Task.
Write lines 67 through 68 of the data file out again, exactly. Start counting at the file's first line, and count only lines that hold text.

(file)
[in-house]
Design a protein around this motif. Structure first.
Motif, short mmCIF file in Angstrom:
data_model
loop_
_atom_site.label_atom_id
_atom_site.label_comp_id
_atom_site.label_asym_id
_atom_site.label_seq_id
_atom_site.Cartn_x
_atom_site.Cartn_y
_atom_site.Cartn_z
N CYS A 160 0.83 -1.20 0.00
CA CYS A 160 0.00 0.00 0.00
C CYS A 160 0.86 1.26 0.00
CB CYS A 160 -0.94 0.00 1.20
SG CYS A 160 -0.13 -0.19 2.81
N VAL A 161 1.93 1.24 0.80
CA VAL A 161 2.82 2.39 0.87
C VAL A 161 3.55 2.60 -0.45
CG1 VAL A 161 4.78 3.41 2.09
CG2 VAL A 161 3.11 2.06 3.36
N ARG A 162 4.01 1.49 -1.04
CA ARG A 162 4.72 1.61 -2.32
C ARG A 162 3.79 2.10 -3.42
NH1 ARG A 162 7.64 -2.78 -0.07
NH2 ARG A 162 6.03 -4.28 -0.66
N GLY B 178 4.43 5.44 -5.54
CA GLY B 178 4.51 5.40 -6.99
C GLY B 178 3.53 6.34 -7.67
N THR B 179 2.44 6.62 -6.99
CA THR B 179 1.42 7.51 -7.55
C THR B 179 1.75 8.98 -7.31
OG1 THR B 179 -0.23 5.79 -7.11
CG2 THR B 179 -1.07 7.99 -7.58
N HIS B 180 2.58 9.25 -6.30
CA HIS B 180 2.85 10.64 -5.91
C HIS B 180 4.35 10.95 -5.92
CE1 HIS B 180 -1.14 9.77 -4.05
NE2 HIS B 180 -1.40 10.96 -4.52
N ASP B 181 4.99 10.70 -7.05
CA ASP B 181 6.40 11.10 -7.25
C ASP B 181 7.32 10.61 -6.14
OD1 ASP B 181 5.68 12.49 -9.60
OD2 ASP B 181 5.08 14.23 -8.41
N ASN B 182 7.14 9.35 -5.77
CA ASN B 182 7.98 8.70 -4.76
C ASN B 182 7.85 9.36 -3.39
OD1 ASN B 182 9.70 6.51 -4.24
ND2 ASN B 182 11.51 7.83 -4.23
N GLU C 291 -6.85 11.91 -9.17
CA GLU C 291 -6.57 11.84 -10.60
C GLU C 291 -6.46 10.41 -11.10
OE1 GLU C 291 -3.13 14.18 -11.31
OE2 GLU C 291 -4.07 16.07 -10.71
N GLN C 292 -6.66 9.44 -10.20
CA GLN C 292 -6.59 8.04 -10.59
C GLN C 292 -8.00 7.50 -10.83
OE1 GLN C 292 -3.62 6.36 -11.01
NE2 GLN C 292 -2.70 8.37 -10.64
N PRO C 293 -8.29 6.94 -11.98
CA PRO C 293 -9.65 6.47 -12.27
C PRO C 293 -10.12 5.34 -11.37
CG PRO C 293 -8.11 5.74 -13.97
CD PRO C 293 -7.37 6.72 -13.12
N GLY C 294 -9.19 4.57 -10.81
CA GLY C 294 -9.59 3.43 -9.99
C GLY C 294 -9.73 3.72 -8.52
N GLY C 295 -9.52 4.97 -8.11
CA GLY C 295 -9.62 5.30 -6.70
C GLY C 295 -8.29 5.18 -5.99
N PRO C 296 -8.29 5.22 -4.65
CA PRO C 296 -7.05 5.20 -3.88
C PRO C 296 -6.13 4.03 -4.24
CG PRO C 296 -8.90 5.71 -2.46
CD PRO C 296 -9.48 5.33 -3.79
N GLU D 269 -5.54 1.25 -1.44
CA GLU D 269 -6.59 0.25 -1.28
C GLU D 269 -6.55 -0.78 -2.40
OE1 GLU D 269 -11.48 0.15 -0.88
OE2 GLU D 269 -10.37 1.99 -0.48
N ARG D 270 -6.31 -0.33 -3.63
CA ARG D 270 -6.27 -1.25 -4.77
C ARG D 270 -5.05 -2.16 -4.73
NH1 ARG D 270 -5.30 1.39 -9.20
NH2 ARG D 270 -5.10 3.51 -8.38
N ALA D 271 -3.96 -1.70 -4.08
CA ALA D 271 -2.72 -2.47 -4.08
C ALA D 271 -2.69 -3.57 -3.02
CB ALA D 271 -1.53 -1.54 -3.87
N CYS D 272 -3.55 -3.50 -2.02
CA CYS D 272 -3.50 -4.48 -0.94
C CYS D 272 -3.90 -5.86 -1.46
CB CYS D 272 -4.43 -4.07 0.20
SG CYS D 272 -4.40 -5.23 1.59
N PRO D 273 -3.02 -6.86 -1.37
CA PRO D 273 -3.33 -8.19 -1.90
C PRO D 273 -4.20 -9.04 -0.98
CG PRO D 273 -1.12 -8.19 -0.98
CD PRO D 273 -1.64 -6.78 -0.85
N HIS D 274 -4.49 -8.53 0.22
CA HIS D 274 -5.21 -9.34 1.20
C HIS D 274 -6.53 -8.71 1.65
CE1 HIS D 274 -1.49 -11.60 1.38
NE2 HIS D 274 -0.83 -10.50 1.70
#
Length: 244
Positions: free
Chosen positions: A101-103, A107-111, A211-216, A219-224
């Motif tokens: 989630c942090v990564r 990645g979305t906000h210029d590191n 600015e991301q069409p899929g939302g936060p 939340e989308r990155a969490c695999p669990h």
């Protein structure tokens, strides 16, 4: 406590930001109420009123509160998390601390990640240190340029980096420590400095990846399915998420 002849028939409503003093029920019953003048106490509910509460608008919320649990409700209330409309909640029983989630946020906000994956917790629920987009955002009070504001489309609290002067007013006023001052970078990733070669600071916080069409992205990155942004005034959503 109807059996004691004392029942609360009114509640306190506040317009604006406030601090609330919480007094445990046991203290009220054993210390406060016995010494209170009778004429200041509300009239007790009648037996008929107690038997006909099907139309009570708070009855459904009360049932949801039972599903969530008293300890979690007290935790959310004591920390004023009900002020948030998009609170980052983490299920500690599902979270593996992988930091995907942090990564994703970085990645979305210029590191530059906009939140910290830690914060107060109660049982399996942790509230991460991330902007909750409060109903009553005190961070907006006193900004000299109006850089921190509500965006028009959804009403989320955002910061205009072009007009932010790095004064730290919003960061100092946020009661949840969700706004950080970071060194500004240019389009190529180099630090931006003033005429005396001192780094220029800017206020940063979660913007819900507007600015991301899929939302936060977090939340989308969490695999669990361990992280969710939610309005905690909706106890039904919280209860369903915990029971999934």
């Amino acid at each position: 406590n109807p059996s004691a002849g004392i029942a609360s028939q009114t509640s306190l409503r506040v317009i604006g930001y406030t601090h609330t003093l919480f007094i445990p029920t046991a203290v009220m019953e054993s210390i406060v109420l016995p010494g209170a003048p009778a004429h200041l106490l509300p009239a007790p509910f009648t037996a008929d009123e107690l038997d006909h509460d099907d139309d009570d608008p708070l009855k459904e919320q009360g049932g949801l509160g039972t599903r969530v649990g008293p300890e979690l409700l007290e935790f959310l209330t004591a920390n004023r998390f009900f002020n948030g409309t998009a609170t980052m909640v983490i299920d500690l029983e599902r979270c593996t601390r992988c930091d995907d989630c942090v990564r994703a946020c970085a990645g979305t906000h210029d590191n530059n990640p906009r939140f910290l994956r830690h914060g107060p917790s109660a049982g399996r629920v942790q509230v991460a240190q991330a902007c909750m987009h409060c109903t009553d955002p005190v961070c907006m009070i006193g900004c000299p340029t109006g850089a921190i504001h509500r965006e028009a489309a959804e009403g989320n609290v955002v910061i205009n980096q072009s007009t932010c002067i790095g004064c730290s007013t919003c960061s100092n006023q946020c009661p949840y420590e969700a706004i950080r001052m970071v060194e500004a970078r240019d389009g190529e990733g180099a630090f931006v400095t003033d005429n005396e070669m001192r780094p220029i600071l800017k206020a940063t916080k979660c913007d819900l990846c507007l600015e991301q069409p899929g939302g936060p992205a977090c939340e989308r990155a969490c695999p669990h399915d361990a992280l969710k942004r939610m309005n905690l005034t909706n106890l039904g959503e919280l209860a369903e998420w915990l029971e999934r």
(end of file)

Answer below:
CA GLY C 294 -9.59 3.43 -9.99
C GLY C 294 -9.73 3.72 -8.52